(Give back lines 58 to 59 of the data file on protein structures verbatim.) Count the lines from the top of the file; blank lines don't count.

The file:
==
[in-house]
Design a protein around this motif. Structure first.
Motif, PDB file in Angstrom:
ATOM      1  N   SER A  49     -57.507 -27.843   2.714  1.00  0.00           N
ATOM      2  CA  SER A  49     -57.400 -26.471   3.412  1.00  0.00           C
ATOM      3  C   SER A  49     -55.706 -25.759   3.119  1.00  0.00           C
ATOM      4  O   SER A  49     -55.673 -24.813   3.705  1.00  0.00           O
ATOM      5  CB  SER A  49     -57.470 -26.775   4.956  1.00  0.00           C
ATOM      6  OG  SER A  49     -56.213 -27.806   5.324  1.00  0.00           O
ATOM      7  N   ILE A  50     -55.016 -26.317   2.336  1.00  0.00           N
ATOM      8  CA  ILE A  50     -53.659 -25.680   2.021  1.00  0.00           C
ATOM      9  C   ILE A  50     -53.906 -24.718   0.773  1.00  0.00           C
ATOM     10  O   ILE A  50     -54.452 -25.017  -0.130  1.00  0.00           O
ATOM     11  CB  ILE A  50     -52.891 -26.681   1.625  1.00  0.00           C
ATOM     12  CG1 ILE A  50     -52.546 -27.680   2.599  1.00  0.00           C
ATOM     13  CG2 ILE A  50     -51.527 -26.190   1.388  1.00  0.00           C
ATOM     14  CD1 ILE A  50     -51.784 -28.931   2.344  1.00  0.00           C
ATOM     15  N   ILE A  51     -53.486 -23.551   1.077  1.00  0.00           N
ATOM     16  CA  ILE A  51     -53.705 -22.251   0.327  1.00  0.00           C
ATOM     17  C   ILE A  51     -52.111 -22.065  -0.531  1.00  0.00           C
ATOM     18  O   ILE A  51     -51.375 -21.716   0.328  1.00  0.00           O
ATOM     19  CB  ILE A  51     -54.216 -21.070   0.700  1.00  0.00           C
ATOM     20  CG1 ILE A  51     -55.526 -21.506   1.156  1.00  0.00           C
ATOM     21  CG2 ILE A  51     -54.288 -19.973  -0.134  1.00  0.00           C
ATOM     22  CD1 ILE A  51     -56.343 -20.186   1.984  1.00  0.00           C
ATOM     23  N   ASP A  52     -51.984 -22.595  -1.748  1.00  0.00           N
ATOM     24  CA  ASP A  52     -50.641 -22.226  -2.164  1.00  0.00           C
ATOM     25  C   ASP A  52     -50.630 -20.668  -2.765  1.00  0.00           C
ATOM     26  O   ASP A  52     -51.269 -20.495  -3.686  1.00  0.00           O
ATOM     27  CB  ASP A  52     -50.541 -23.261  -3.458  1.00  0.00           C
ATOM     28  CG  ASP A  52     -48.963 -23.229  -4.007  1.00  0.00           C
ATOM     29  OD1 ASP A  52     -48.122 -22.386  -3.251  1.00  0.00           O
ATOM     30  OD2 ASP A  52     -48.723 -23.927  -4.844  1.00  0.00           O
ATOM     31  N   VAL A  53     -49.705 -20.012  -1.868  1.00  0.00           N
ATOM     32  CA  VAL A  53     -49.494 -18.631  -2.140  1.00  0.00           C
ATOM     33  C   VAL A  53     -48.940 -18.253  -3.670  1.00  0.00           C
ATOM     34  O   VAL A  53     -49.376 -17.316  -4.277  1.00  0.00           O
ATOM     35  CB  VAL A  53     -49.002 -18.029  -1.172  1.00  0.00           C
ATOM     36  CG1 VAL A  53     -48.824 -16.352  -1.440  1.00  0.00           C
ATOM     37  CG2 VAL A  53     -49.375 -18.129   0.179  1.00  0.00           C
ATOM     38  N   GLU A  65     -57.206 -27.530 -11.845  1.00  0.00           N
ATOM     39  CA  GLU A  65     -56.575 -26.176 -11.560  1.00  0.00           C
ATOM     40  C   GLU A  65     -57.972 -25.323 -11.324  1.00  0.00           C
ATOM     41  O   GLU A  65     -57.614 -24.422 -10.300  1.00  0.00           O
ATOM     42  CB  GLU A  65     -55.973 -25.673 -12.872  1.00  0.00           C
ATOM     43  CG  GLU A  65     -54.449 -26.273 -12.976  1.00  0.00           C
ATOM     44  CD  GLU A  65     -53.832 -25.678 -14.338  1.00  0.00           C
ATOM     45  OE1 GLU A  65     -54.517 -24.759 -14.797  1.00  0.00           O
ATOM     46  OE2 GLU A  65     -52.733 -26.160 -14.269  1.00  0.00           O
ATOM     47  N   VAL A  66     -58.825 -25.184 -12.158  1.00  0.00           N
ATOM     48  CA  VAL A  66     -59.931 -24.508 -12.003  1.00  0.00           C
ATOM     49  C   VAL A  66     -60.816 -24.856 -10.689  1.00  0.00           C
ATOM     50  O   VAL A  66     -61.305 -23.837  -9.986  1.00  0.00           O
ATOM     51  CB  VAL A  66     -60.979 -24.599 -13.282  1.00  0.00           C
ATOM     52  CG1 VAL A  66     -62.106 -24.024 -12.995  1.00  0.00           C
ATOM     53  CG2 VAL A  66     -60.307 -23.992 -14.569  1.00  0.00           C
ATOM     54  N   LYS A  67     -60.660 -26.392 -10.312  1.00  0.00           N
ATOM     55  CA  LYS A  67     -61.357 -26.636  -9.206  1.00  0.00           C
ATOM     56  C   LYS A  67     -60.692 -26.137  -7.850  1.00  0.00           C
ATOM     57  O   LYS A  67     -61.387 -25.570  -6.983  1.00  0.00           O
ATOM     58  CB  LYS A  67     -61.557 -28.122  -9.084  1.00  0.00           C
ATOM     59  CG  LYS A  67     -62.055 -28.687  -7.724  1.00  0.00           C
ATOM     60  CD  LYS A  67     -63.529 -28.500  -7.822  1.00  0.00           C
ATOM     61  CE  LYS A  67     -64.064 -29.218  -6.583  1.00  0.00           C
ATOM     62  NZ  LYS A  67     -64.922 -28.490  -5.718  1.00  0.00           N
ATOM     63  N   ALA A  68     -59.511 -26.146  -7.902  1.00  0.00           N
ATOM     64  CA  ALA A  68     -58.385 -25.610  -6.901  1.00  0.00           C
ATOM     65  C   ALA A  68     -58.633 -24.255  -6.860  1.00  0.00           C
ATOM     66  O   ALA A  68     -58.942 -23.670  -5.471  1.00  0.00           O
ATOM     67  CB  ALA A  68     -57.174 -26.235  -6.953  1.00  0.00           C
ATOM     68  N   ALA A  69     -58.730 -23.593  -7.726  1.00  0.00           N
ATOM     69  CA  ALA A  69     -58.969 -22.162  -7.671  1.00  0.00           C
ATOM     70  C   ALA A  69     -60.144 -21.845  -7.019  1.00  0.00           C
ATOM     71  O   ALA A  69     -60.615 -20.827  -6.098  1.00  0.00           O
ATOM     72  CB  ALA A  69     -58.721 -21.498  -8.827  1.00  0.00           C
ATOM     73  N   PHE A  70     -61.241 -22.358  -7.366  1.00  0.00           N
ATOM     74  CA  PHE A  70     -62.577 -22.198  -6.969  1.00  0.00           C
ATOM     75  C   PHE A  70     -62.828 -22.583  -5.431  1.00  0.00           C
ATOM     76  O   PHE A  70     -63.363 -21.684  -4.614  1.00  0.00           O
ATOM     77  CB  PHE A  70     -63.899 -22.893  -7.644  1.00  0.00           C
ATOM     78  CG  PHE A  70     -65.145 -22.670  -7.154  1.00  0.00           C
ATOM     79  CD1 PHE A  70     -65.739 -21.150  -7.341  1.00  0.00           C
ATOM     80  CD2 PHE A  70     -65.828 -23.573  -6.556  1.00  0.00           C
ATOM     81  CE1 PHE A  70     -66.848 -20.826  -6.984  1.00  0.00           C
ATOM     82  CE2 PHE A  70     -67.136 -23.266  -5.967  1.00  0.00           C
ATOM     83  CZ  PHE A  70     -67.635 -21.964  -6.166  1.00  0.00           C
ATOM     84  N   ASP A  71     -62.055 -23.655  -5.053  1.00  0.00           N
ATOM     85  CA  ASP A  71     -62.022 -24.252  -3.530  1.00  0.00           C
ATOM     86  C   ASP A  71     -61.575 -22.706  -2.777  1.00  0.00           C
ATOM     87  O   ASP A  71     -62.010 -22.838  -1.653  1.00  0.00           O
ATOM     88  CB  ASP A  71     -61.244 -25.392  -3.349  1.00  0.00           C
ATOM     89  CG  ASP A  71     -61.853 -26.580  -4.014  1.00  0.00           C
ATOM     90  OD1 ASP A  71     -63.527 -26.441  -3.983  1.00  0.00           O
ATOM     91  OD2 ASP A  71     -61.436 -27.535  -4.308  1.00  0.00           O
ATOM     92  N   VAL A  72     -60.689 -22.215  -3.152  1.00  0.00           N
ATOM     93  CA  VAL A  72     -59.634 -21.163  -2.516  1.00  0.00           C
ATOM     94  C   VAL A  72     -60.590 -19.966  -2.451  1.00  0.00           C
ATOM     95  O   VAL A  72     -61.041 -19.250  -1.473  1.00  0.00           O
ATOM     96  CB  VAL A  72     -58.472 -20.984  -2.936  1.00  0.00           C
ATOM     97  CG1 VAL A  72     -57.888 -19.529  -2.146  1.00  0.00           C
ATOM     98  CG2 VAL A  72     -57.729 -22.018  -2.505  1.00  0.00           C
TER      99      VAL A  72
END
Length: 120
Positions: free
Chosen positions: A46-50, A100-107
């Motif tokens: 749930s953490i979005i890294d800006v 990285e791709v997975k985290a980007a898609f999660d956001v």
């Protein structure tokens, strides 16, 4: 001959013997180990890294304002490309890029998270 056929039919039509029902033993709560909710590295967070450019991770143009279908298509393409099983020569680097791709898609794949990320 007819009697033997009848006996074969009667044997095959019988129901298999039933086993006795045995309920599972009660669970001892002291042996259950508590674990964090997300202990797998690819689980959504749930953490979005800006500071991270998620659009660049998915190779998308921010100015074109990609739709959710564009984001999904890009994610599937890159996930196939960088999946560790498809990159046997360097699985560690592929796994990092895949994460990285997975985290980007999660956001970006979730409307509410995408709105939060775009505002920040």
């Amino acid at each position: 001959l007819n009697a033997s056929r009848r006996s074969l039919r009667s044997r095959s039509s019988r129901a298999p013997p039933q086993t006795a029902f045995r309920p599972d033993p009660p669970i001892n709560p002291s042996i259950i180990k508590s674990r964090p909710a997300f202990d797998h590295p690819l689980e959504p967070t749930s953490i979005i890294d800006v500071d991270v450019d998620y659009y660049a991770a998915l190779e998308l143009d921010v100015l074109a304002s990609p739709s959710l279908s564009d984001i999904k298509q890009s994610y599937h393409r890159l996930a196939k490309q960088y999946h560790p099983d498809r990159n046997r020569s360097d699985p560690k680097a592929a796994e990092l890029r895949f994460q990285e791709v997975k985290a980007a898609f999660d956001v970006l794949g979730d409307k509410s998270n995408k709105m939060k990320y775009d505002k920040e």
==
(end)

ATOM     55  CA  LYS A  67     -61.357 -26.636  -9.206  1.00  0.00           C
ATOM     56  C   LYS A  67     -60.692 -26.137  -7.850  1.00  0.00           C